With regard to the Los Angeles Times news article "Brown vows battle over prisons," published April 13 in The Californian, it is clear that the political posturing will never stop. Gov. Jerry Brown, the target of a scathing report by the federal judiciary, vows that if he finds a state employee "deliberately indifferent" to prisoners, that the employee "will be fired on the spot."
First, if that policy was followed years ago when it mattered, perhaps we wouldn't be in the shameful position we are in today, with the feds "baby-sitting" us because California cannot administer its own prisons.
Second, Brown knows he does not have the authority to "fire on the spot" any state employee for reason. For political profit (to reward special interests and unions for donations and votes), our state's elected officials have given generous protections to employees so that, today, to get rid of the bad apples basically requires an act of Congress! The governor is posturing for those, like himself, who don't know the limits of their own authority and who are themselves responsible for the problems they now complain about.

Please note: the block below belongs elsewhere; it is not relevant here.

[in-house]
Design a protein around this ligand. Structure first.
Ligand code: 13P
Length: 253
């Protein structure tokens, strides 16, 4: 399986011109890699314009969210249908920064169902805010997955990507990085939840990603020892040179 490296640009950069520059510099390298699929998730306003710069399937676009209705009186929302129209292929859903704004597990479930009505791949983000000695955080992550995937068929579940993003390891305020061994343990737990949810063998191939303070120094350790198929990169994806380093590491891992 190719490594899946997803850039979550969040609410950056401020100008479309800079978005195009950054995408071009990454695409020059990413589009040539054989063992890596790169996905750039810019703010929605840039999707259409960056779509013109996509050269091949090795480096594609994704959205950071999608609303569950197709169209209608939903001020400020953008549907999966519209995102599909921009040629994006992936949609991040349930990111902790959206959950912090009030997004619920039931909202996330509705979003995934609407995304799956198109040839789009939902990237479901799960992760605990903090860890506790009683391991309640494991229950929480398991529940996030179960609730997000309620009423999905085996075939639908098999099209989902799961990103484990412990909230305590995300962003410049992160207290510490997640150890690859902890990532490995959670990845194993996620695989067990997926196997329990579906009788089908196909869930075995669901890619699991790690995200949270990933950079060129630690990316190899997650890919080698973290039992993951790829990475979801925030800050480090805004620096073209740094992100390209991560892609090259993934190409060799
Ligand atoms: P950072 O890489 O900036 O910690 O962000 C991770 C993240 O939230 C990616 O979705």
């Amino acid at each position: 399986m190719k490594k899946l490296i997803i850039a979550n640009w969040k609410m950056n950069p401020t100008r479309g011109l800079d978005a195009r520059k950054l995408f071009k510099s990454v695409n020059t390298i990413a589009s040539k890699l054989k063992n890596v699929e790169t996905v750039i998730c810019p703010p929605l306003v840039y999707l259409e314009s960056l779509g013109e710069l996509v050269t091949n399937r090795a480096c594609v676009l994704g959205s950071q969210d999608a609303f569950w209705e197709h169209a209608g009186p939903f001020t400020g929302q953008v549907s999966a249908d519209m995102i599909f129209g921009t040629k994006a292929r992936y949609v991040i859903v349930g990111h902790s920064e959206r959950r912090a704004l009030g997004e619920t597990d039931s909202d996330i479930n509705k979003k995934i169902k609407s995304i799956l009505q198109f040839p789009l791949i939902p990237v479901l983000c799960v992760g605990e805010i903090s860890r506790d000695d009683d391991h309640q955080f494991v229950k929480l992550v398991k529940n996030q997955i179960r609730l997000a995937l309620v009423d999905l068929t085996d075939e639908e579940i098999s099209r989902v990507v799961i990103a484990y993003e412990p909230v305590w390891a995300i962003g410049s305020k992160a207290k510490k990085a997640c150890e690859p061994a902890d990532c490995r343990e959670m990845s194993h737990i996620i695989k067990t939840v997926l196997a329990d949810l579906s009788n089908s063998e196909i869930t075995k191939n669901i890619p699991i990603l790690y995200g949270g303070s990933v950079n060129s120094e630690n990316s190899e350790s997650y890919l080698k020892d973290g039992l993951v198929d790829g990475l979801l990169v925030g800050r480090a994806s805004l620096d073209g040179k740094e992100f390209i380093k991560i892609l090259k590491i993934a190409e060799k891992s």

They utterly fail to address the real problem: the need for meaningful campaign finance reform to stop politicians from selling themselves and the state in exchange for votes. Perhaps one day we will elect leaders who actually know something about the laws they're charged with enforcing and actually care about the long-term effects to taxpayers of selling themselves to the highest bidders.